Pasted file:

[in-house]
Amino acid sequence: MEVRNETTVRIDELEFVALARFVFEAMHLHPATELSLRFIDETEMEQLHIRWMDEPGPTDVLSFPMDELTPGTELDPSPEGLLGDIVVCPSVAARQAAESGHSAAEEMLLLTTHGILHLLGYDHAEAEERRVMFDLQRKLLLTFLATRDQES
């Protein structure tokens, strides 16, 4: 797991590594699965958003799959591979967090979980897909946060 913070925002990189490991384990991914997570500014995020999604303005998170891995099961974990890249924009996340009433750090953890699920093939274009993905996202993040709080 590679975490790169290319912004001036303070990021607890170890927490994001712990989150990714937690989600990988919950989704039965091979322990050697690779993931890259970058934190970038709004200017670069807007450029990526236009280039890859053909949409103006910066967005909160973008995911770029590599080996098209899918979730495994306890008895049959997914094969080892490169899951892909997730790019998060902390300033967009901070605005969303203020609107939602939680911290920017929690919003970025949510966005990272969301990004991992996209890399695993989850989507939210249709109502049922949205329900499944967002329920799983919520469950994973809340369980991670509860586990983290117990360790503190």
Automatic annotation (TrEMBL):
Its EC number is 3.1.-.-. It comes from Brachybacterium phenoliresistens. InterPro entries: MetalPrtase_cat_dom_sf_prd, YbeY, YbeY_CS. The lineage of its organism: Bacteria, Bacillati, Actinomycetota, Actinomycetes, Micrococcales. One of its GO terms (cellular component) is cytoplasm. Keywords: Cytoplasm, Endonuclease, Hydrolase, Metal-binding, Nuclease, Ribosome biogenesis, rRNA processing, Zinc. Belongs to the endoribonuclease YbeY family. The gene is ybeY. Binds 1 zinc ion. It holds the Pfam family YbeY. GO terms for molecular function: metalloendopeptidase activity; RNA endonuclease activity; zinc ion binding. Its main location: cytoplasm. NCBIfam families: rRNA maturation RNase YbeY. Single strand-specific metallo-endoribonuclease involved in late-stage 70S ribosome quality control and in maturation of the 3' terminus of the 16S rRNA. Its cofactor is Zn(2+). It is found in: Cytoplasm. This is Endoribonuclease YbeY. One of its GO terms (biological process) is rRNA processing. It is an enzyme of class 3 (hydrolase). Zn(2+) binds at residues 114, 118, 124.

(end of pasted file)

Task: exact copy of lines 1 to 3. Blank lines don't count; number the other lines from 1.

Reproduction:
[in-house]
Amino acid sequence: MEVRNETTVRIDELEFVALARFVFEAMHLHPATELSLRFIDETEMEQLHIRWMDEPGPTDVLSFPMDELTPGTELDPSPEGLLGDIVVCPSVAARQAAESGHSAAEEMLLLTTHGILHLLGYDHAEAEERRVMFDLQRKLLLTFLATRDQES
């Protein structure tokens, strides 16, 4: 797991590594699965958003799959591979967090979980897909946060 913070925002990189490991384990991914997570500014995020999604303005998170891995099961974990890249924009996340009433750090953890699920093939274009993905996202993040709080 590679975490790169290319912004001036303070990021607890170890927490994001712990989150990714937690989600990988919950989704039965091979322990050697690779993931890259970058934190970038709004200017670069807007450029990526236009280039890859053909949409103006910066967005909160973008995911770029590599080996098209899918979730495994306890008895049959997914094969080892490169899951892909997730790019998060902390300033967009901070605005969303203020609107939602939680911290920017929690919003970025949510966005990272969301990004991992996209890399695993989850989507939210249709109502049922949205329900499944967002329920799983919520469950994973809340369980991670509860586990983290117990360790503190």